I’ve been seeing messages at Facebook that people’s websites are down because GoDaddy’s server got hacked. There’s an article here about it.
This is a worry, obviously, to anyone who has their sites hosted there. But then it doesn’t really matter where our sites are hosted, are they truly safe? For as long as the hackers don’t have their sights set on your host, your site will remain up.
Something that is really important for anyone who owns a website is to make sure your site is backed up and you have copy of the backup or can get it reasonably quickly. It is worth checking with your host to make sure you can get backups. If, for example, GoDaddy was unable to get the sites back up in reasonable time (and I would say anything longer then 24-48 hours will have everyone very edgy) then it’s safe to assume people might want to move to another hosting service. You can only do that if you have access to your domain name to get it re-pointed and the back up files for the site. But it’s not just the website – if you are using email for that site, then the email will be down for a period of time too.
Important that you have backup plans of your own.
Several years ago my own site got hacked. Defaced with disgusting words plastered across the home page. I was being hosted by a local business on St Kilda Road in Melbourne. When I contacted the web host to find out what was going on, it turned out a disgruntled former employee (only recently sacked) had gotten into the system and defaced client websites. Now, you have to wonder why that company wasn’t changing their passwords when employees left their employ. Or have a different password per employee and shut that account off when they left? But then it was still very early days in the internet and these things were not commonly heard of. It was then and there I decided to find a service that I could trust, as much as possible. After doing some research I found a service in Perth and settled in with them. Then I began to bring several clients to them too, and Andrew, the owner ended up setting me up as a hosting provider with his service so that I could set up my own clients with a hosting service and I only get Andrew involved if there’s back end stuff I cannot do. As the years passed I bought into another hosting service based in the US so that I would always have two services available to me and to my clients and I have two main email addresses I use, one with each server, so if one goes down I still have the other available.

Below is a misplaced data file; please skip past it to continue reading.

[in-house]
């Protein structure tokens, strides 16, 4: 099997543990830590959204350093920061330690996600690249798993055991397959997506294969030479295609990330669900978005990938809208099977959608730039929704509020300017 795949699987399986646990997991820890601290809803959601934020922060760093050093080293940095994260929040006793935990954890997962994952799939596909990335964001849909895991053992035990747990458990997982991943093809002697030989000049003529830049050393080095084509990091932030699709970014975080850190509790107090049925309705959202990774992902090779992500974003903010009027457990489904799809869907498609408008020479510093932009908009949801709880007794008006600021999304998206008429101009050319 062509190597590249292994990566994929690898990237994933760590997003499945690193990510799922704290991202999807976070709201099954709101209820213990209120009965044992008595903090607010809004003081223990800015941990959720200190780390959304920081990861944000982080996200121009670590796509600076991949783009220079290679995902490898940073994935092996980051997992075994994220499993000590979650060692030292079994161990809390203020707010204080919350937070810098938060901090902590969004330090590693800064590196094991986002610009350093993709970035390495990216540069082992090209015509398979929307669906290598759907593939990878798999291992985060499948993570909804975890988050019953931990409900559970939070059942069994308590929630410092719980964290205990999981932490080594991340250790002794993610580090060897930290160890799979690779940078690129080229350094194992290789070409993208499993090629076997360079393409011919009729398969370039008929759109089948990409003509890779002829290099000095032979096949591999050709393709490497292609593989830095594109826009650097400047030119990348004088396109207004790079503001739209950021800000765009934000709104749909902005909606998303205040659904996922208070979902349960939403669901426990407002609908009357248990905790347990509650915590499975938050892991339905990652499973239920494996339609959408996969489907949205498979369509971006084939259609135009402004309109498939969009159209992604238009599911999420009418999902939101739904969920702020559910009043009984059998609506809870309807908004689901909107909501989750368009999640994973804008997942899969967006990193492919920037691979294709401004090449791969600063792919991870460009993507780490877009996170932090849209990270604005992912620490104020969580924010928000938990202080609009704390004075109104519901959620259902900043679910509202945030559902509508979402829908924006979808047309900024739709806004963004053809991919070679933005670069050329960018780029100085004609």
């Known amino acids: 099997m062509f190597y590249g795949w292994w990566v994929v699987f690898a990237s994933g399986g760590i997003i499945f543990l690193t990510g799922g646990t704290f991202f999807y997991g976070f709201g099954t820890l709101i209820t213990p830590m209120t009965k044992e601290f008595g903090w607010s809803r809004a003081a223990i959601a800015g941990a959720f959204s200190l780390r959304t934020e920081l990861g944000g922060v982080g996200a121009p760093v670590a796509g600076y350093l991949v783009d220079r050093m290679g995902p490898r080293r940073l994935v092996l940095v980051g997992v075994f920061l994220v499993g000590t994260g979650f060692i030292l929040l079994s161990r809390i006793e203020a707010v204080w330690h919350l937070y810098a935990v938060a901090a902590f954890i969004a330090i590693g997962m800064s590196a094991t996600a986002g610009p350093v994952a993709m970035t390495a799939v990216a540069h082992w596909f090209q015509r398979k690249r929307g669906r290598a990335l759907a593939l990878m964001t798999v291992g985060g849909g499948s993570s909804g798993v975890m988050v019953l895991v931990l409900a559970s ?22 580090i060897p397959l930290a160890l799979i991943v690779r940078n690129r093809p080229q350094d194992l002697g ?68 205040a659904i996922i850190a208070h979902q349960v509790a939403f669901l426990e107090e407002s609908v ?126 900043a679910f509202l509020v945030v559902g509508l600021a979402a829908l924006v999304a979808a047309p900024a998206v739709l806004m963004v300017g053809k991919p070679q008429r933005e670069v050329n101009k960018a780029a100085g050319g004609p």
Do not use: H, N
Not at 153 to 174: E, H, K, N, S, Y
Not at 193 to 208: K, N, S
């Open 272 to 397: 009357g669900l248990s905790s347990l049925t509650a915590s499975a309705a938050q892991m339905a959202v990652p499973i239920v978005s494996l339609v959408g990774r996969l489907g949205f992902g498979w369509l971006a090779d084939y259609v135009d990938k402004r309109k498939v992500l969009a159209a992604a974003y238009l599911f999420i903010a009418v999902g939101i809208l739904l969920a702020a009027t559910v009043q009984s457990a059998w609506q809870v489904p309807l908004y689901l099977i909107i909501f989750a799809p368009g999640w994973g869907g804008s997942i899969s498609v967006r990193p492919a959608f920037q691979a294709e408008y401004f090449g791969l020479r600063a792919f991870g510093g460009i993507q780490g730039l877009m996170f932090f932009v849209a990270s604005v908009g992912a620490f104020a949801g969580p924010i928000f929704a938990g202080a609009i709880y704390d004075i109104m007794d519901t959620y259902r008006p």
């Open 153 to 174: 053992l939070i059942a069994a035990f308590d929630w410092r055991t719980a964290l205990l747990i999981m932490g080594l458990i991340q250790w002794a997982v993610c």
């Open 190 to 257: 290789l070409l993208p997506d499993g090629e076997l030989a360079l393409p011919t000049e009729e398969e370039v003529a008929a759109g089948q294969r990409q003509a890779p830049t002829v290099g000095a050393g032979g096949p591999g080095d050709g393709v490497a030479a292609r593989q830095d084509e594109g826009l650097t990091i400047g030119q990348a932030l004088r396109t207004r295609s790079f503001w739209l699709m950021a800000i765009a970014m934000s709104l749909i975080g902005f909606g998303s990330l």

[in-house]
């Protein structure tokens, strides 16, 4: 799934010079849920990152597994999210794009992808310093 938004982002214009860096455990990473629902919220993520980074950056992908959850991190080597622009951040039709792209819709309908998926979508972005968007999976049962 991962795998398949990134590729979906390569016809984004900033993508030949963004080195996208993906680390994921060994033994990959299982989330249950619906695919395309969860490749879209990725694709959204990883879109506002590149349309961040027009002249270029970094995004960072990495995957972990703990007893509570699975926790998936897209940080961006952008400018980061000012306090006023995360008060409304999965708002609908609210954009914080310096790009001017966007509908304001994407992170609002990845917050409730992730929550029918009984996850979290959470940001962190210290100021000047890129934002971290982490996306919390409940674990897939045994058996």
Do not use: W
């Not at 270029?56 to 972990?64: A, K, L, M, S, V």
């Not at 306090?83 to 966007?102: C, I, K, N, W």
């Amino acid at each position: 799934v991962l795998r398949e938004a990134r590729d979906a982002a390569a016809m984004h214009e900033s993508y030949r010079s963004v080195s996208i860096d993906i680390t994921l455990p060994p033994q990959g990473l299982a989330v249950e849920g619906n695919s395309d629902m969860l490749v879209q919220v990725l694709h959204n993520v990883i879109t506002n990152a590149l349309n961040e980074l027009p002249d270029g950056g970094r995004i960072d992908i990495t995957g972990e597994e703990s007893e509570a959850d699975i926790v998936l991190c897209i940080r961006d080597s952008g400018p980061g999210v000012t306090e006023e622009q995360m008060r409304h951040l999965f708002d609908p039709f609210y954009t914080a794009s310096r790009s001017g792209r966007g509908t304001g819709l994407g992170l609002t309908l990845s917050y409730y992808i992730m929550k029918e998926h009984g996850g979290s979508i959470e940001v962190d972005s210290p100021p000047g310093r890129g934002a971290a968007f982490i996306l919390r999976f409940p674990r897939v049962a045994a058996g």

While this might prove to be an overkill for the majority of small businesses, I’ve found it to be effective for the various hats I wear and things I do. Each server does provide back up services, but all the same, I still prefer to keep my own backups because, after all, if one of them was off the air for a period of time, how would I get my backups they have onsite?
If you own your own website, make sure you have some idea about backups. If you don’t, contact you hosting provider and ask them how their backup system works and how you can access the files if you need them.